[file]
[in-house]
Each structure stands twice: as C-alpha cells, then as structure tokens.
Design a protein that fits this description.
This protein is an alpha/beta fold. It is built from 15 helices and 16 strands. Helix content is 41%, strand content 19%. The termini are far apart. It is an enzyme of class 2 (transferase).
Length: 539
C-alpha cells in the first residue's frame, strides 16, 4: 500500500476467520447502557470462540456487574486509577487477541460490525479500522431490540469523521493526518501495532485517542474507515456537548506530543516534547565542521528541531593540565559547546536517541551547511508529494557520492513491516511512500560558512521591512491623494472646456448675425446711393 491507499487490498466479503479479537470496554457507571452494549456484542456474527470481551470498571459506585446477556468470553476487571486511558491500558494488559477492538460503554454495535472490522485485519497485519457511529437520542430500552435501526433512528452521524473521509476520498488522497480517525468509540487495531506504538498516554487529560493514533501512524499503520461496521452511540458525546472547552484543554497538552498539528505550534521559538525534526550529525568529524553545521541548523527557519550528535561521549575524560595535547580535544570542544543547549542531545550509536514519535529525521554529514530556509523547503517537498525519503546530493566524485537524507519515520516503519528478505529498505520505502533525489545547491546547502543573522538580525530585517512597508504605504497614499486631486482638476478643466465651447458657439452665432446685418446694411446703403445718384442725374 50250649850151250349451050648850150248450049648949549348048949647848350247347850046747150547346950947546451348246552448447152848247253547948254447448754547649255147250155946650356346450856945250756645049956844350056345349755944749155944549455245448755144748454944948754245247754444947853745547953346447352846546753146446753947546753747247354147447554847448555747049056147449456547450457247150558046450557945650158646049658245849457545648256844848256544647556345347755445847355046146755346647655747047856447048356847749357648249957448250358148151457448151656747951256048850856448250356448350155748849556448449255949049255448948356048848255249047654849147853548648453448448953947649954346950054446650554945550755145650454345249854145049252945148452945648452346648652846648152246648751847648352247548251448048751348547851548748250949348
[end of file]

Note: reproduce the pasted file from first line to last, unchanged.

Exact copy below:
[in-house]
Each structure stands twice: as C-alpha cells, then as structure tokens.
Design a protein that fits this description.
This protein is an alpha/beta fold. It is built from 15 helices and 16 strands. Helix content is 41%, strand content 19%. The termini are far apart. It is an enzyme of class 2 (transferase).
Length: 539
C-alpha cells in the first residue's frame, strides 16, 4: 500500500476467520447502557470462540456487574486509577487477541460490525479500522431490540469523521493526518501495532485517542474507515456537548506530543516534547565542521528541531593540565559547546536517541551547511508529494557520492513491516511512500560558512521591512491623494472646456448675425446711393 491507499487490498466479503479479537470496554457507571452494549456484542456474527470481551470498571459506585446477556468470553476487571486511558491500558494488559477492538460503554454495535472490522485485519497485519457511529437520542430500552435501526433512528452521524473521509476520498488522497480517525468509540487495531506504538498516554487529560493514533501512524499503520461496521452511540458525546472547552484543554497538552498539528505550534521559538525534526550529525568529524553545521541548523527557519550528535561521549575524560595535547580535544570542544543547549542531545550509536514519535529525521554529514530556509523547503517537498525519503546530493566524485537524507519515520516503519528478505529498505520505502533525489545547491546547502543573522538580525530585517512597508504605504497614499486631486482638476478643466465651447458657439452665432446685418446694411446703403445718384442725374 50250649850151250349451050648850150248450049648949549348048949647848350247347850046747150547346950947546451348246552448447152848247253547948254447448754547649255147250155946650356346450856945250756645049956844350056345349755944749155944549455245448755144748454944948754245247754444947853745547953346447352846546753146446753947546753747247354147447554847448555747049056147449456547450457247150558046450557945650158646049658245849457545648256844848256544647556345347755445847355046146755346647655747047856447048356847749357648249957448250358148151457448151656747951256048850856448250356448350155748849556448449255949049255448948356048848255249047654849147853548648453448448953947649954346950054446650554945550755145650454345249854145049252945148452945648452346648652846648152246648751847648352247548251448048751348547851548748250949348